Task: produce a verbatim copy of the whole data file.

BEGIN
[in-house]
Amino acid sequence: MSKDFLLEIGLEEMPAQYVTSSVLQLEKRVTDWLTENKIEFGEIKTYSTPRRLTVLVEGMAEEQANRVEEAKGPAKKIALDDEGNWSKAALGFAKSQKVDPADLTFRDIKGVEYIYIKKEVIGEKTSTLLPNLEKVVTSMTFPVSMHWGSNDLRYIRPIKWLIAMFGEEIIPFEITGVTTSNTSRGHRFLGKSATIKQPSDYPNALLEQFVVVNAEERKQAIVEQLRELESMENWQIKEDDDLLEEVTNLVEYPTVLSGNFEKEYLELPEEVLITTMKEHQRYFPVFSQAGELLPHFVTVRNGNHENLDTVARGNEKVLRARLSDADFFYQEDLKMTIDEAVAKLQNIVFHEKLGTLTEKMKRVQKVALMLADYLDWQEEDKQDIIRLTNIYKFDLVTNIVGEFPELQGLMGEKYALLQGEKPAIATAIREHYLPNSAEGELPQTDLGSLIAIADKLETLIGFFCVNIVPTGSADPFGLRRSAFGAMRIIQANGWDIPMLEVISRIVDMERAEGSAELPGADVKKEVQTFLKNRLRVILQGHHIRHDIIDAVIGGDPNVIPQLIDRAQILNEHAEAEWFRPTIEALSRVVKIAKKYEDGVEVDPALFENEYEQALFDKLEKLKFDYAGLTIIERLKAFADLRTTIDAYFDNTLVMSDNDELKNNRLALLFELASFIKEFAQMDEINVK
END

[in-house]
Amino acid sequence: MSKDFLLEIGLEEMPAQYVTSSVLQLEKRVTDWLTENKIEFGEIKTYSTPRRLTVLVEGMAEEQANRVEEAKGPAKKIALDDEGNWSKAALGFAKSQKVDPADLTFRDIKGVEYIYIKKEVIGEKTSTLLPNLEKVVTSMTFPVSMHWGSNDLRYIRPIKWLIAMFGEEIIPFEITGVTTSNTSRGHRFLGKSATIKQPSDYPNALLEQFVVVNAEERKQAIVEQLRELESMENWQIKEDDDLLEEVTNLVEYPTVLSGNFEKEYLELPEEVLITTMKEHQRYFPVFSQAGELLPHFVTVRNGNHENLDTVARGNEKVLRARLSDADFFYQEDLKMTIDEAVAKLQNIVFHEKLGTLTEKMKRVQKVALMLADYLDWQEEDKQDIIRLTNIYKFDLVTNIVGEFPELQGLMGEKYALLQGEKPAIATAIREHYLPNSAEGELPQTDLGSLIAIADKLETLIGFFCVNIVPTGSADPFGLRRSAFGAMRIIQANGWDIPMLEVISRIVDMERAEGSAELPGADVKKEVQTFLKNRLRVILQGHHIRHDIIDAVIGGDPNVIPQLIDRAQILNEHAEAEWFRPTIEALSRVVKIAKKYEDGVEVDPALFENEYEQALFDKLEKLKFDYAGLTIIERLKAFADLRTTIDAYFDNTLVMSDNDELKNNRLALLFELASFIKEFAQMDEINVK